The Lucky Ones
An old Roman philosopher, Seneca, once said, “Luck is what happens when preparation meets opportunity.” Or, as Thomas Jefferson observed, "I am a great believer in luck, and I find the harder I work, the more I have of it."
For the past three years during the month of January, I’ve been an instructor for a group of watercolor artists who meet Monday mornings in Laguna Beach from 9:30 to 12:30. The large classroom, which has a 4-foot x 6-foot table for each artist, is a Methodist church hall with a full view of the Pacific Ocean and the Laguna coastline. The class meets during the months of October through April (excluding December). The instructors, who rotate each month, are currently Eileen McCullough, Teri Gammalo, Jim Salchak, Geri Medway, Judy Schroeder, and myself.
Preparing for Monday’s class takes a little work, but when I arrive, I realize I’m with the “very lucky.” We all have a deep appreciation of nature and have developed enough skill to capture moments and places with the often difficult medium of watercolor. Our final products are not always “keepers,” but the enjoyment is in the process of creating art and using lessons learned with each new creation. No one feels pressure to paint for a living, yet we all feel a need to paint.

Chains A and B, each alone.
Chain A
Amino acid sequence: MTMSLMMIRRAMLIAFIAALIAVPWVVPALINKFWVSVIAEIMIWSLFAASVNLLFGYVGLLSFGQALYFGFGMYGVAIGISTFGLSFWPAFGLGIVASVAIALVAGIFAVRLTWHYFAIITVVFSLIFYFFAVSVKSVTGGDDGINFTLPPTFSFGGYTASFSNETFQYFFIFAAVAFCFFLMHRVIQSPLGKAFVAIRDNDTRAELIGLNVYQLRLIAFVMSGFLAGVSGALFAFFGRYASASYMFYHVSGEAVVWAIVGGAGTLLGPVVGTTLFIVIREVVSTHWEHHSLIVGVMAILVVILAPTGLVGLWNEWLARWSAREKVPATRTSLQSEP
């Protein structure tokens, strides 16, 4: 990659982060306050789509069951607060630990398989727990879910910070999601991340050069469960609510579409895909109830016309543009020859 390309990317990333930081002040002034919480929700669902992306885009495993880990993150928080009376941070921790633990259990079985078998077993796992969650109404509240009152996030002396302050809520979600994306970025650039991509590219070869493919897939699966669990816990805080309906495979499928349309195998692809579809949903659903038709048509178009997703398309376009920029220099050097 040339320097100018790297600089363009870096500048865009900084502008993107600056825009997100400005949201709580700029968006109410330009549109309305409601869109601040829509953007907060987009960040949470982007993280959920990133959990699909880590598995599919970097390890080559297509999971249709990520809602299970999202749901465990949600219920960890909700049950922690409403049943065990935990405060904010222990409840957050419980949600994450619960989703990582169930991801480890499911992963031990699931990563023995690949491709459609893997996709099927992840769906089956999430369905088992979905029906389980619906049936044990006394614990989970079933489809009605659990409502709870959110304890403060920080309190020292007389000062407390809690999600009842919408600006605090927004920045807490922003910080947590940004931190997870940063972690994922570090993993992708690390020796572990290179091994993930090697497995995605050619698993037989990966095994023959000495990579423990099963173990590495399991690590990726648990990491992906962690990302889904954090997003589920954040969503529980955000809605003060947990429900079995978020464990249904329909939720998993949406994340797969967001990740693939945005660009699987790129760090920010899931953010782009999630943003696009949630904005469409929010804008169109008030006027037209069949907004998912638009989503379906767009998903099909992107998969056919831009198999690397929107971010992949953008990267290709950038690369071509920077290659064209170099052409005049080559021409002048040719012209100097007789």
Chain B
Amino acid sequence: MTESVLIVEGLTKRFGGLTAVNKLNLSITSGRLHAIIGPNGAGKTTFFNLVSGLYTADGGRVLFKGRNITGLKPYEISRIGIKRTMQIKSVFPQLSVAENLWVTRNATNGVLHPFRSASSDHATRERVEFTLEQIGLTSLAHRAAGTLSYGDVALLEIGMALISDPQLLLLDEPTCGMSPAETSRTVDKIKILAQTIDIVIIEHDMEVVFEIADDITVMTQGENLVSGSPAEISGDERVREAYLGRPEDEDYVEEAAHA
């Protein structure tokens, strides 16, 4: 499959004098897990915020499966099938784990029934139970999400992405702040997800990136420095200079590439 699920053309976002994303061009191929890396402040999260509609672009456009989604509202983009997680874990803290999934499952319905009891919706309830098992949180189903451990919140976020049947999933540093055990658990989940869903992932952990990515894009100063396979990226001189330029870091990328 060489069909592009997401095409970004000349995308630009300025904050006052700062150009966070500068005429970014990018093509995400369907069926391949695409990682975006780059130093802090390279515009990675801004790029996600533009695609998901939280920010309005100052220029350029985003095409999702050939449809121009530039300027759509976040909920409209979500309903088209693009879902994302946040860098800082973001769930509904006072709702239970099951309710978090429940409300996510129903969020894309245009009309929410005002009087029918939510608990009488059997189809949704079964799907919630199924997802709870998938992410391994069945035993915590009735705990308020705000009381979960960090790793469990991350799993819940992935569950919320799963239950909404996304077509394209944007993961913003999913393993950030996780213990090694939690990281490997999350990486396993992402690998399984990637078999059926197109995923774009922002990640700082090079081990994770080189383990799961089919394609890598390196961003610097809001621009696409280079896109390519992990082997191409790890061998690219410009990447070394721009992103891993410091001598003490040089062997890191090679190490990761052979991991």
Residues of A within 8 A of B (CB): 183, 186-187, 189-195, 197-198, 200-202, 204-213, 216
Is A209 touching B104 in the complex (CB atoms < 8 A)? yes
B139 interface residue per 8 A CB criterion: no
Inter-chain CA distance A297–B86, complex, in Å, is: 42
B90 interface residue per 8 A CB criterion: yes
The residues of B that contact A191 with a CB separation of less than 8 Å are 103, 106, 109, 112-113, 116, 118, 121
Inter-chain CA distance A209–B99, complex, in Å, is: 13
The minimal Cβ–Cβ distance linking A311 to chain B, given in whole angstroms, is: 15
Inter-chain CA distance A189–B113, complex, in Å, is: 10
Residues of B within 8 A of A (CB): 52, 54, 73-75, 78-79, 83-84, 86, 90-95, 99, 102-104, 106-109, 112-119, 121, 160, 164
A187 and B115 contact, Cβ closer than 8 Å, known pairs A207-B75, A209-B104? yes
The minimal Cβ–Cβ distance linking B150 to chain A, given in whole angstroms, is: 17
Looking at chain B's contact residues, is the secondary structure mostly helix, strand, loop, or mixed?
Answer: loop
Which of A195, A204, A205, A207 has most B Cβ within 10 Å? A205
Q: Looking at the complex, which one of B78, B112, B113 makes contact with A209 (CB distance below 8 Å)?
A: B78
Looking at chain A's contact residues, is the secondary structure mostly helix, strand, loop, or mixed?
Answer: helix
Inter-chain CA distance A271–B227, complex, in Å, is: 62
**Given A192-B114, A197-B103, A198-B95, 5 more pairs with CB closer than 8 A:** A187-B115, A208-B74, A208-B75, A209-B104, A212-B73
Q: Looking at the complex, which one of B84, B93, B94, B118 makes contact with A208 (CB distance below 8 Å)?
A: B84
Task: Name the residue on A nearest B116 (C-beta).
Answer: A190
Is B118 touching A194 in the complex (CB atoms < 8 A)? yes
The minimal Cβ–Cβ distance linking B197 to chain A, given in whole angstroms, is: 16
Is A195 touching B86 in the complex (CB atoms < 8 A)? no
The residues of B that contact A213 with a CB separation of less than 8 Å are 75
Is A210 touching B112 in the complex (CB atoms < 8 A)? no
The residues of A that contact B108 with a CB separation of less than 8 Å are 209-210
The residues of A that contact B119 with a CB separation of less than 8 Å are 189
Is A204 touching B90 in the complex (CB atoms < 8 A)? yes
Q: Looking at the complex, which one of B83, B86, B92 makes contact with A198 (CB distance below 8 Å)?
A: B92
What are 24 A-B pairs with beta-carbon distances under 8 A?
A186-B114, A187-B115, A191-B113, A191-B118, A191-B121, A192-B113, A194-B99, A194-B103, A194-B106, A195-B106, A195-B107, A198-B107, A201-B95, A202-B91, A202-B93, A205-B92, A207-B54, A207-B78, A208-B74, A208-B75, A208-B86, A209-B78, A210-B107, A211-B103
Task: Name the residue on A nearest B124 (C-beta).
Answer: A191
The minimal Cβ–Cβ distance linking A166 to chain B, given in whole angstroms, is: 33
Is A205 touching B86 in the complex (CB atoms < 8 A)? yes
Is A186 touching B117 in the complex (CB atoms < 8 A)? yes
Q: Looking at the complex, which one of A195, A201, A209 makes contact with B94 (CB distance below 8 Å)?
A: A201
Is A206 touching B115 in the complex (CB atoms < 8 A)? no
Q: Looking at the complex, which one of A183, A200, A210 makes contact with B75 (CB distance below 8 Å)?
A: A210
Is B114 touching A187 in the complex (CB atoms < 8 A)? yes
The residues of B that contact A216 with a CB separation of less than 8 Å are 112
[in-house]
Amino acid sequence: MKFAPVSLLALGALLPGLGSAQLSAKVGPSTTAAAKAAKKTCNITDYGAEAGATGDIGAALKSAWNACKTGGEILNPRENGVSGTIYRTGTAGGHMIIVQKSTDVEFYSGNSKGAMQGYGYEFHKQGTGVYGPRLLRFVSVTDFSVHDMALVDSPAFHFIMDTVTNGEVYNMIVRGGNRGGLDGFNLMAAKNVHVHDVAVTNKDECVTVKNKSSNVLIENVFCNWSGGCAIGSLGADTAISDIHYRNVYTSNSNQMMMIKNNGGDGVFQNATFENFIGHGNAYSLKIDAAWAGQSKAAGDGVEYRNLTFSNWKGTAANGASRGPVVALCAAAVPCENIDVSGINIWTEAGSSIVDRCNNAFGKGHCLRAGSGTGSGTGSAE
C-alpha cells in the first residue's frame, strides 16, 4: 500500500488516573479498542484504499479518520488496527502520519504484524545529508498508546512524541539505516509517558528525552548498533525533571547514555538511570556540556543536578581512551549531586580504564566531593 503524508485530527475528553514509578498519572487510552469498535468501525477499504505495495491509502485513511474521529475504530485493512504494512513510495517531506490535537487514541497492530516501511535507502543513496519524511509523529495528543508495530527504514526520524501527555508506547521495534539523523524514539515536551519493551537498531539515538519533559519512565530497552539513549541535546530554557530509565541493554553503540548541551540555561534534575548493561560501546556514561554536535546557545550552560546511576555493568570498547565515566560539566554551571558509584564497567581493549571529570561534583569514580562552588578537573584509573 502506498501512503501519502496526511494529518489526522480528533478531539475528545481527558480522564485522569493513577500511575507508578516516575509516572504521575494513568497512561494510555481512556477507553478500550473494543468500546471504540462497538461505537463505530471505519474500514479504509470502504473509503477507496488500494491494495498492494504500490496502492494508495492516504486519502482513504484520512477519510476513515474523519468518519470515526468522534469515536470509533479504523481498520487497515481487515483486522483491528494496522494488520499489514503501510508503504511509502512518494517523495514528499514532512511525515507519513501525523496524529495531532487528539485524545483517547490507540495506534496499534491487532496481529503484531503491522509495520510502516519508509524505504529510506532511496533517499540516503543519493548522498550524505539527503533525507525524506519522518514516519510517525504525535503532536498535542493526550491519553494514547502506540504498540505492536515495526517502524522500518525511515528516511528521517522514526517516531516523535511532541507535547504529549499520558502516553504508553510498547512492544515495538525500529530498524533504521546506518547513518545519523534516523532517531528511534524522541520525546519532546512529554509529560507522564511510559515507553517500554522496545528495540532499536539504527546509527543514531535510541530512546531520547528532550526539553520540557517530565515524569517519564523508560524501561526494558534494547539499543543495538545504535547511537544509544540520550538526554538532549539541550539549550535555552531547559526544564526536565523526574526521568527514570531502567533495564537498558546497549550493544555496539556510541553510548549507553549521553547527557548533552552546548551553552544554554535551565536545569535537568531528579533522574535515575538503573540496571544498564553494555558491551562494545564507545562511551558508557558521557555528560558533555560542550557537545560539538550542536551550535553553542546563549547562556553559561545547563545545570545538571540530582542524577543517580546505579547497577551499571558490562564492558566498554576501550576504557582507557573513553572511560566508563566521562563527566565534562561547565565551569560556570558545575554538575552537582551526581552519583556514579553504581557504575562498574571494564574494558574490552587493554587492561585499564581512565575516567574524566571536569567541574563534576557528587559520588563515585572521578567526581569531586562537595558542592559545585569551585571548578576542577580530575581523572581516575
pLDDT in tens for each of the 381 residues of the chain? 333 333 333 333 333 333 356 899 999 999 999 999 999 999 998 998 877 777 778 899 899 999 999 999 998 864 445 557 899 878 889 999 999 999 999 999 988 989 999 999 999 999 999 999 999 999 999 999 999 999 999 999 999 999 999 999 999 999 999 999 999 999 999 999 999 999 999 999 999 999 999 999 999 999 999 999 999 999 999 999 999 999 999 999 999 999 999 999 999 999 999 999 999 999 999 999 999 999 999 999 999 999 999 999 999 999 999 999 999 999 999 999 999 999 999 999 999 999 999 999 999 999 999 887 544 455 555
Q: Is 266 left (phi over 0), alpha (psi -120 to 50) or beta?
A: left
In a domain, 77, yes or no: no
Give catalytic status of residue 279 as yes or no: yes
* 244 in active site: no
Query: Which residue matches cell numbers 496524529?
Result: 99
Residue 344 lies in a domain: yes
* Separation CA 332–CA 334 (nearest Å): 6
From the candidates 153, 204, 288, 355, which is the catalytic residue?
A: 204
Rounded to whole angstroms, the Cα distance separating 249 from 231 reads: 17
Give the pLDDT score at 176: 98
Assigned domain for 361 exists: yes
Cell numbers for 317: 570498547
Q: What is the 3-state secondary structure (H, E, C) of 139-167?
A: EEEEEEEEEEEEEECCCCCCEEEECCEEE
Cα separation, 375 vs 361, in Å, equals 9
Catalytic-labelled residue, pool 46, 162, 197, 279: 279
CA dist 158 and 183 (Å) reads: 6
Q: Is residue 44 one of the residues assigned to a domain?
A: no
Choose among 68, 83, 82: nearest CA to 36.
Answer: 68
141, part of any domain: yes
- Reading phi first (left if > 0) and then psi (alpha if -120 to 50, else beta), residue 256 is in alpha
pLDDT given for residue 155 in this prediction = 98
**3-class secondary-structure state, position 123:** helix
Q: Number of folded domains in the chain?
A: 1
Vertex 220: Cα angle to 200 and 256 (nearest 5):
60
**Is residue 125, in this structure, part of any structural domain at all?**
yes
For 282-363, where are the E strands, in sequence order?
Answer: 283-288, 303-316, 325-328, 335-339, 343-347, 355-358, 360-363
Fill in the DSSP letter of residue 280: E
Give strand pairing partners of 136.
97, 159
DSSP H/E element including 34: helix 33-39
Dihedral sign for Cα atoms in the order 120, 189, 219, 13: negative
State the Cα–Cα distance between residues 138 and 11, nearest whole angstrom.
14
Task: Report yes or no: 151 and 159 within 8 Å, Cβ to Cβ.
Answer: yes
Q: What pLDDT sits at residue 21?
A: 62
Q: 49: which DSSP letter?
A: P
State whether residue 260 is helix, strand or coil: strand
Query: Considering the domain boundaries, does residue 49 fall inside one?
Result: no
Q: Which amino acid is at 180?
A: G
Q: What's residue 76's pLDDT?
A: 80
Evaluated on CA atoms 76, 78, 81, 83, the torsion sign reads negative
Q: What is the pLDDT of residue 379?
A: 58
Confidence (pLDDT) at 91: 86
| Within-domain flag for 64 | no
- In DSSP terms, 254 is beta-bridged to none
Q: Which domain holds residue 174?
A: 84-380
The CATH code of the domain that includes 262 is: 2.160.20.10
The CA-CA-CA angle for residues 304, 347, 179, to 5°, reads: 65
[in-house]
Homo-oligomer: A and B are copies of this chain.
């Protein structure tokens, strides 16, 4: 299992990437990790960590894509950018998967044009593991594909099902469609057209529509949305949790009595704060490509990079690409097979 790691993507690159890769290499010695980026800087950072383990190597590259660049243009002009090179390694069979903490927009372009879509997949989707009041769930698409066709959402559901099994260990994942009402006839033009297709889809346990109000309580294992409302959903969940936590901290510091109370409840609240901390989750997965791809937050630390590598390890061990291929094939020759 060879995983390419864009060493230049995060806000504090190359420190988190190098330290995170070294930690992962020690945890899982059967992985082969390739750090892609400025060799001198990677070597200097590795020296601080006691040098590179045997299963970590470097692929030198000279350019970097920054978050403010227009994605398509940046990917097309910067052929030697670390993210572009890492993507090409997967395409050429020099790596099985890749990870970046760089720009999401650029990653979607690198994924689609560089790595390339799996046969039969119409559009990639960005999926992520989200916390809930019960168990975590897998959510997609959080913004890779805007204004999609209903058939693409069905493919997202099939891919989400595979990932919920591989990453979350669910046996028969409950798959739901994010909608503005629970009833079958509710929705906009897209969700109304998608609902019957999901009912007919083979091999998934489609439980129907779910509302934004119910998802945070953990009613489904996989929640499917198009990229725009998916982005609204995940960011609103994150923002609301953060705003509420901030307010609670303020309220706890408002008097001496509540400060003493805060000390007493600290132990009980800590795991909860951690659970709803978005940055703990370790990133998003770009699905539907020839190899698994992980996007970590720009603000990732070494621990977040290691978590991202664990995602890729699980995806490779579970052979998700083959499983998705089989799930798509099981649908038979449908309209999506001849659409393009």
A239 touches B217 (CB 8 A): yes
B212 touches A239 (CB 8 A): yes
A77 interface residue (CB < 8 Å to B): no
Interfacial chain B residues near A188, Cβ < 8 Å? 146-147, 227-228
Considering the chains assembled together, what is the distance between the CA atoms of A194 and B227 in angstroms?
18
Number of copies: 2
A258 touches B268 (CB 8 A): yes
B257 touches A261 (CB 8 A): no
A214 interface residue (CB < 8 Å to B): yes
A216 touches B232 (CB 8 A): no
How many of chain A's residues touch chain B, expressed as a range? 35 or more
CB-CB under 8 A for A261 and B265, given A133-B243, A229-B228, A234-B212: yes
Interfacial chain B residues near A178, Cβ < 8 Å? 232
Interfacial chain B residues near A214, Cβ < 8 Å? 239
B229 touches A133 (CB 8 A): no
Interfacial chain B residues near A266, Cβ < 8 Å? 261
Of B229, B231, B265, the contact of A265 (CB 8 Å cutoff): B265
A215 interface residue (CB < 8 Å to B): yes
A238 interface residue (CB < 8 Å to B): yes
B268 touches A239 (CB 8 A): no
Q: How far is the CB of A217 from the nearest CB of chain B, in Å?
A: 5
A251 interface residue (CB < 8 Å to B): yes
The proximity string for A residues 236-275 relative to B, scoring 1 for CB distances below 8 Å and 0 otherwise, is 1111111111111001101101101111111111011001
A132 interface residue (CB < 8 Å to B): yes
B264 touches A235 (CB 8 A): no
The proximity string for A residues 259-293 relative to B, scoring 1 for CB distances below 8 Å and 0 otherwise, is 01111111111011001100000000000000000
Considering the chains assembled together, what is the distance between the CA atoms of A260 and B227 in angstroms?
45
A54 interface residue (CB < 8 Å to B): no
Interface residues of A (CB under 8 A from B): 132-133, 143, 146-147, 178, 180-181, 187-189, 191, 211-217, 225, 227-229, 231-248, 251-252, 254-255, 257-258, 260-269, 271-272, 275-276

At the start of class, I critique finished paintings brought in by the class from the previous week, then give a one-hour demonstration—a quick study from a reference photograph while discussing my approach, materials, and techniques. I hand out copies of the reference photograph and the artists begin painting which may also be from their own material. I then meet with individuals to discuss their work in progress. During those discussions, while sharing personal experiences, I realize our commonalities. Overcoming adversities has increased our joy of life with the desire to express our gratitude through art. Painting is our time to reflect as we put memories on paper. Watercolor seems the perfect medium. Like life, we’re never in complete control although we’ve learned that taking a risk often yields surprisingly great results.
If you are interested in joining this limited group, there may be some openings. Contact Gail Lattime at